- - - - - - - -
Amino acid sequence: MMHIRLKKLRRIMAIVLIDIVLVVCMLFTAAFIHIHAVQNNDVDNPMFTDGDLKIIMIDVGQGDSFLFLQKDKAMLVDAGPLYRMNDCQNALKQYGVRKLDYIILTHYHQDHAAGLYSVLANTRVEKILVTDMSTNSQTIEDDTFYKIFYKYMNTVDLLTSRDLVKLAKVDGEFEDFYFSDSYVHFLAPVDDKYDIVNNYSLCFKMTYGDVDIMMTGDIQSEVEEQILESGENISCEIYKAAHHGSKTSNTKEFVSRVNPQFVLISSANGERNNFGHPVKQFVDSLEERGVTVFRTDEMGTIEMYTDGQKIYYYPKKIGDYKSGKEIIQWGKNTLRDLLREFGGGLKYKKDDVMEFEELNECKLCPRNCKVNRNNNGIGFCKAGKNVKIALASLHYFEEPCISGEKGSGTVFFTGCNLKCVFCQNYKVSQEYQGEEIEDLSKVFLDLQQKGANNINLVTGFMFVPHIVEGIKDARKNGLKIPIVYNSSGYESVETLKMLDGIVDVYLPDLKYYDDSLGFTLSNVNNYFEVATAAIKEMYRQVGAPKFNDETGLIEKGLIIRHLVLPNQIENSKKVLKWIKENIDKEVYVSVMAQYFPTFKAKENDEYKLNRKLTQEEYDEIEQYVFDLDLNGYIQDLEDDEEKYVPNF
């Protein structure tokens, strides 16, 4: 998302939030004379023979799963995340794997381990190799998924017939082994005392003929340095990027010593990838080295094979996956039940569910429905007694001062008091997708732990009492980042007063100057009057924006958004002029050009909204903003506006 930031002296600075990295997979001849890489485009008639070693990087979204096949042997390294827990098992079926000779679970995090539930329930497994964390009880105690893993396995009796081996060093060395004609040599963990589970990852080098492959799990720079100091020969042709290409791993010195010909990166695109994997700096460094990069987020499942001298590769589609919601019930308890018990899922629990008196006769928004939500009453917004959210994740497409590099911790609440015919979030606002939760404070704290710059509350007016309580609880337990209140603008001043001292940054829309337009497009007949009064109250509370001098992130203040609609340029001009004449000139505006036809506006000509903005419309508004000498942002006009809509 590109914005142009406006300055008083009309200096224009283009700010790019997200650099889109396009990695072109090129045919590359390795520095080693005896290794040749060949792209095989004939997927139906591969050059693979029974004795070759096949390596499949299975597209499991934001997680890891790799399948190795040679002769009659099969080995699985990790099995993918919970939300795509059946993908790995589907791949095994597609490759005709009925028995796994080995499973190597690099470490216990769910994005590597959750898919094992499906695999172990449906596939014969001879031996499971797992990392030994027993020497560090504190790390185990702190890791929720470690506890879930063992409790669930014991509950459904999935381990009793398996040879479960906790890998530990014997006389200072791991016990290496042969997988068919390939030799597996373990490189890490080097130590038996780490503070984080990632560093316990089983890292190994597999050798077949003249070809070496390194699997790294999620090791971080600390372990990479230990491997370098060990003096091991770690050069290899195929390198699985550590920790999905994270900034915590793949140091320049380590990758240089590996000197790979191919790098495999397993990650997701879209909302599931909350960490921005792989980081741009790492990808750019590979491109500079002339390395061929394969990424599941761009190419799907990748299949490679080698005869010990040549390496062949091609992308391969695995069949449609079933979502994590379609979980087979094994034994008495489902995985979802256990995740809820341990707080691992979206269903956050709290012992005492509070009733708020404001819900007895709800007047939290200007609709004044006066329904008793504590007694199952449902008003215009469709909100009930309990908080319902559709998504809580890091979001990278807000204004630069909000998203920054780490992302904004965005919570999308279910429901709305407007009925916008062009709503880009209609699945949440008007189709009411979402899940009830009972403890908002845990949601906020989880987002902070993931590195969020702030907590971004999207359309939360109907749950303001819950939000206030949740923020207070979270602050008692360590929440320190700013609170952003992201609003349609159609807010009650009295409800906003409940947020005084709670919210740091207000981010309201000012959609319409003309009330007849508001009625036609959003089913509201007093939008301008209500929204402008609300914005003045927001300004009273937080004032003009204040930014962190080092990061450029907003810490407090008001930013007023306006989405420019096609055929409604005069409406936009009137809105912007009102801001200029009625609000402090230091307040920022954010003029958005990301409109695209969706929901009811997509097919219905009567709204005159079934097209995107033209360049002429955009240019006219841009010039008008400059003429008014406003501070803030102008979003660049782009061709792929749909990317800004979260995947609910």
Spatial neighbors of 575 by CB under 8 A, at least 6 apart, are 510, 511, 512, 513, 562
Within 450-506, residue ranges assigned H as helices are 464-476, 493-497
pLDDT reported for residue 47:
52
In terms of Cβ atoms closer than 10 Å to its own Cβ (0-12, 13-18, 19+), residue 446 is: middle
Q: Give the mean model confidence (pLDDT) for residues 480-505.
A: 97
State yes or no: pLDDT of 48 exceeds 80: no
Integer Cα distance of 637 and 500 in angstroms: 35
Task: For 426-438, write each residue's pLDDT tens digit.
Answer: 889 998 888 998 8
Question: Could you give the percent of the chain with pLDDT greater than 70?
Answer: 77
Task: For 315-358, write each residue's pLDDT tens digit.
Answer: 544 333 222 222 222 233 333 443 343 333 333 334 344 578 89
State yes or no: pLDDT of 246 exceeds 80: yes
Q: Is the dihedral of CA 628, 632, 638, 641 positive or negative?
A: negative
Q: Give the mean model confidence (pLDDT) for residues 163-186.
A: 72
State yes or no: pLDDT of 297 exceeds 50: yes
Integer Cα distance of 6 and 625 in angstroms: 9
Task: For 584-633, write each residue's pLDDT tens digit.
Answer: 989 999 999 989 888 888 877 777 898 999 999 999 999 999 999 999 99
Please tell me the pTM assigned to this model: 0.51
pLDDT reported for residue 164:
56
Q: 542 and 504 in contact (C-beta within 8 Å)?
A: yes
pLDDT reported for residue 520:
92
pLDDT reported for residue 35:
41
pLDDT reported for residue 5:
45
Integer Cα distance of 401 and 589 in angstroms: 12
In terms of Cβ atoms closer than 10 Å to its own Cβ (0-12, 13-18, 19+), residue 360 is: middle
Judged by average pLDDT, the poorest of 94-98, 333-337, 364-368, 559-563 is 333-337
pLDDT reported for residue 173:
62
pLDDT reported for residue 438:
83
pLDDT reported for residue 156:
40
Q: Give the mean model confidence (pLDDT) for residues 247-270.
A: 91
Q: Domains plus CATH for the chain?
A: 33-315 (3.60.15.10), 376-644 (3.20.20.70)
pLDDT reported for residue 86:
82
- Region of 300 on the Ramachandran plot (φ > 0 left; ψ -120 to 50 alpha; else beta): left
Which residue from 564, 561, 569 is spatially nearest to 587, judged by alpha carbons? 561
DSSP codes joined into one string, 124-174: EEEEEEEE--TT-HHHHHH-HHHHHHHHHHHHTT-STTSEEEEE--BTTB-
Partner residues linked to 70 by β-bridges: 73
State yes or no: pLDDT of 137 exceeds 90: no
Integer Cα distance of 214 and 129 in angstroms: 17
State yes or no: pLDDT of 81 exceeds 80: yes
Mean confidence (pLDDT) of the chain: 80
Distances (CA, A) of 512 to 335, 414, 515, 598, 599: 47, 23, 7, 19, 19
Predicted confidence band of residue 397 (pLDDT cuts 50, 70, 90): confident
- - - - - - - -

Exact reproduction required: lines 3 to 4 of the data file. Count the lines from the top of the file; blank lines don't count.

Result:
Spatial neighbors of 575 by CB under 8 A, at least 6 apart, are 510, 511, 512, 513, 562
Within 450-506, residue ranges assigned H as helices are 464-476, 493-497